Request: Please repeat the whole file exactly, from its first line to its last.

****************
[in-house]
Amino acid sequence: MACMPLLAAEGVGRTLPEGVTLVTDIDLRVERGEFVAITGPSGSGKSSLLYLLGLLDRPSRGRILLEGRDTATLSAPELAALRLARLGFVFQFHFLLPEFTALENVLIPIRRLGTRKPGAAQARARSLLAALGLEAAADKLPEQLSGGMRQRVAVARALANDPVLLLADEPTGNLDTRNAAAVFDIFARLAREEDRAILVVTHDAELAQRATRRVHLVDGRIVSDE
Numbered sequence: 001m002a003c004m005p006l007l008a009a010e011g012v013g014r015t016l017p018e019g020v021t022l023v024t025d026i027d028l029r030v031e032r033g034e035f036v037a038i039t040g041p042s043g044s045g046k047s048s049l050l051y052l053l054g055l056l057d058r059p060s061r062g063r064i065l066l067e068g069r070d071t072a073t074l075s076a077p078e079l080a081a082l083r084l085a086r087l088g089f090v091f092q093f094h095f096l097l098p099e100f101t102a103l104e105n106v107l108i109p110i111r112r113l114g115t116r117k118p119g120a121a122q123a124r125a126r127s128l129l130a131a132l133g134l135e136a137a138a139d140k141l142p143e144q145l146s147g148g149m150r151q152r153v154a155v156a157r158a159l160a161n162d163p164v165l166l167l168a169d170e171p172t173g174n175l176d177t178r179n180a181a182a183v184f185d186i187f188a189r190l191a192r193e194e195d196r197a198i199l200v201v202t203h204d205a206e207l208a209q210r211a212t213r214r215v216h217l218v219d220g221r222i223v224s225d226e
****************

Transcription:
[in-house]
Amino acid sequence: MACMPLLAAEGVGRTLPEGVTLVTDIDLRVERGEFVAITGPSGSGKSSLLYLLGLLDRPSRGRILLEGRDTATLSAPELAALRLARLGFVFQFHFLLPEFTALENVLIPIRRLGTRKPGAAQARARSLLAALGLEAAADKLPEQLSGGMRQRVAVARALANDPVLLLADEPTGNLDTRNAAAVFDIFARLAREEDRAILVVTHDAELAQRATRRVHLVDGRIVSDE
Numbered sequence: 001m002a003c004m005p006l007l008a009a010e011g012v013g014r015t016l017p018e019g020v021t022l023v024t025d026i027d028l029r030v031e032r033g034e035f036v037a038i039t040g041p042s043g044s045g046k047s048s049l050l051y052l053l054g055l056l057d058r059p060s061r062g063r064i065l066l067e068g069r070d071t072a073t074l075s076a077p078e079l080a081a082l083r084l085a086r087l088g089f090v091f092q093f094h095f096l097l098p099e100f101t102a103l104e105n106v107l108i109p110i111r112r113l114g115t116r117k118p119g120a121a122q123a124r125a126r127s128l129l130a131a132l133g134l135e136a137a138a139d140k141l142p143e144q145l146s147g148g149m150r151q152r153v154a155v156a157r158a159l160a161n162d163p164v165l166l167l168a169d170e171p172t173g174n175l176d177t178r179n180a181a182a183v184f185d186i187f188a189r190l191a192r193e194e195d196r197a198i199l200v201v202t203h204d205a206e207l208a209q210r211a212t213r214r215v216h217l218v219d220g221r222i223v224s225d226e